Success is many things—not just a completed catalog. Celebrate that you are changing your business, cost effectively. You are directly correlating to the bottom line

Don’t be afraid to sell or socialize your success! Ongoing evangelism is critical to making people aware of the power of the system. What people don’t know they don’t know. If you want people to take an idea and run with it, they need to know about it.

Thank you!

Next steps?

Using Agile Service Management to Support a Mobile Workforce

If your organization is struggling to balance the need to support mobile devices with security and compliance concerns, you’re not alone. According to recent research from TechTarget, ” Growing demand for mobile computing will continue generating major new challenges for companies in many industries for at least the next year.”

How agile service management supports mobile workers
Image Credit: DTC

Author Anne Stuart reports that two-thirds of survey respondents (3,300 business and IT professionals worldwide) “ranked mobile-device management as a ‘medium’ or ‘high’ priority for this year,” and 85% placed the same importance on security–yet “only 29% reported having a mobile device management (MDM) tools or policies in place.”

Among the report’s other findings, corporate IT support for mobile access varies considerably by device type, with 54% of respondents willing to allow employees to self-provision smartphones, but just 29% will permit them to connect their own laptop or desktop to the company network.

Three key challenges organizations face in this shift to mobile support are:

  • redesigning business processes for mobile workers;
  • ensuring connection, data and device security; and
  • prioritizing the business processes to “mobilize” first.

Mobile Process Redesign

According to TechTarget, “Forrester (Research) studies indicate that companies will spend nearly $8 billion on reinventing processes for mobility this year.” While mobile process design presents some unique challenges, the fundamental approach should be the same as for any process redesign: start with the goal of a delighted customer.

Work backward from the user goal and experience to the required tasks on the business side, keeping the overall process as simple as possible (though not simpler, as Albert Einstein instructed), and always looking for automation opportunities.

Ensuring Mobile Security

While this topic could fill a book (and has–several books actually), one helpful approach where feasible is to use portal software (such as Kinetic Request) as a mobile, Web-based front-end (a system of engagement) between the mobile device and the back-end enterprise application (system of record).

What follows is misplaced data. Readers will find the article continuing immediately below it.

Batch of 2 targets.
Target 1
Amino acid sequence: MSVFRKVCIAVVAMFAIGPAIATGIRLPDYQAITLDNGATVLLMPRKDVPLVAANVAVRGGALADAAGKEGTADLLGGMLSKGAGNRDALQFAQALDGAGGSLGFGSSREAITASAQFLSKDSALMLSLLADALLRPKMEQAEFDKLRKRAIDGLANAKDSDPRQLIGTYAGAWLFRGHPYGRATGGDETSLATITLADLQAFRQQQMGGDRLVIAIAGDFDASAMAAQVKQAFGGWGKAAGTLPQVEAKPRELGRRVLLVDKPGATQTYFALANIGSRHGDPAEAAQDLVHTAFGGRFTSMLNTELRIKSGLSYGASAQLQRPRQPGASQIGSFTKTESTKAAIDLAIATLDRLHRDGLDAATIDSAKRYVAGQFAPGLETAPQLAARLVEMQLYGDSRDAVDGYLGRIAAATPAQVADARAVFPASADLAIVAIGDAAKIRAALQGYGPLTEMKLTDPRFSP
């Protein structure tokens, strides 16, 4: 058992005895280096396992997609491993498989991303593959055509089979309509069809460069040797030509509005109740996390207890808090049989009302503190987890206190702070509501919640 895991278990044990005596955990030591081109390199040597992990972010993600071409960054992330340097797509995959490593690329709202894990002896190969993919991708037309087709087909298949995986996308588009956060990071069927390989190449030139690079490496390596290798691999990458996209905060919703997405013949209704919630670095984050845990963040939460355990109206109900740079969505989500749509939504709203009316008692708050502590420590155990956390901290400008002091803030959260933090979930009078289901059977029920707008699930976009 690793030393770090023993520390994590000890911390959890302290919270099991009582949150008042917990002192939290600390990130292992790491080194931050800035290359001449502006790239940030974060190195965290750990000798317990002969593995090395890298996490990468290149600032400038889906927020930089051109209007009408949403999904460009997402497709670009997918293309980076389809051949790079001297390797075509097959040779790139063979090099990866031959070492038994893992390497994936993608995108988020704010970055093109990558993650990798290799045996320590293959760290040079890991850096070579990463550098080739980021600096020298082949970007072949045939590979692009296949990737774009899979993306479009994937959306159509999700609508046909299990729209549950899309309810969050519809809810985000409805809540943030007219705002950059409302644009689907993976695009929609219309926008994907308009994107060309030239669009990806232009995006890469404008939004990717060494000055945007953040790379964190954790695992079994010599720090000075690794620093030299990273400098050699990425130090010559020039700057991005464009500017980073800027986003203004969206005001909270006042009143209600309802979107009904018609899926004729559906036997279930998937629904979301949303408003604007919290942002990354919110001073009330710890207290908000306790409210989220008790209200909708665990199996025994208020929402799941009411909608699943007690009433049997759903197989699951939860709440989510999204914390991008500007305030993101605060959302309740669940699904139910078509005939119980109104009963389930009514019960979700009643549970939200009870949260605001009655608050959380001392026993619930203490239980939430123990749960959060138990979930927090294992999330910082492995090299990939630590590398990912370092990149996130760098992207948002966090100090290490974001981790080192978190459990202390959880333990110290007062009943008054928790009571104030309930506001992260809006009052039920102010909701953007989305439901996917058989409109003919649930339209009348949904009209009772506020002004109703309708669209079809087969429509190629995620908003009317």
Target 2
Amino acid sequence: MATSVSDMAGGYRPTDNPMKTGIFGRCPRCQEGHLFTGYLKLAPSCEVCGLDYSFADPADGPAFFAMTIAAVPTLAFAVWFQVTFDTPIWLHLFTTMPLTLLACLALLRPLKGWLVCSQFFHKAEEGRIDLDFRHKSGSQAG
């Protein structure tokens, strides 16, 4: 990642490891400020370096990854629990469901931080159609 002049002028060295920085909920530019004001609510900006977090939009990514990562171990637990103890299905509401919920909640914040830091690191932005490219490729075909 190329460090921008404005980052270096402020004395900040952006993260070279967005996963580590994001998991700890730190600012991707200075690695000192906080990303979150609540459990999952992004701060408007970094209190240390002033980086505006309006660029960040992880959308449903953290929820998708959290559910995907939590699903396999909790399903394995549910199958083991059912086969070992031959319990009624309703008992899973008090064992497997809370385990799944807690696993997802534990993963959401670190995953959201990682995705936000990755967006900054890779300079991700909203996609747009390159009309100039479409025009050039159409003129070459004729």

The portal application utilizes existing security protocols and passwords while enabling specific device-level security that protects corporate systems and information without undue complexity for the user.

Prioritizing Mobile Processes

Not every process needs be mobilized, and not every process that does has equal importance. The TechTarget article advises looking “at the employee path of activity, what they’re trying to get done on mobile, and make sure that’s enabled. Let’s also make sure we are delivering what customers want…Don’t mobile for mobile’s sake. Instead, find proof that mobility will improve productivity or help the company better serve customers or reach some other business goal.”

This is where an agile approach to service management is valuable. It enables tackling the “low-hanging fruit” (i.e., processes that are very common, or very painful, or both, for mobile users) first–testing, tweaking and optimizing them. Often, these processes can then be cloned and modified to create new processes. This enables a gradual approach to process mobility, enabling IT to meet mobile users’ most pressing needs while minimizing business disruption.

The “seismic shift” as TechTarget describes it, from desktop to mobile computing, presents significant challenges for IT infrastructure, app dev, and support services. But taking an agile approach to mobility helps to balance user demands with cost and resource constraints.

To learn more:

How to Make the Consumerization of IT Delightful, Not Frightful

Amazon.com made e-commerce easy. Facebook made social sharing—of videos, photos, events, what one is doing or thinking at the moment—easy. The iPhone made accomplishing many common business tasks (and a whole lot more), while on the go…easy.

The simplicity of these and other online technologies has set new expectations among workers—particularly for millenials, who have grown up with the Web—for IT services in the workplace. The actual experience, however, is too often much different, with complex and disparate interfaces even for simple functions like changing a password or ordering a new desk chair.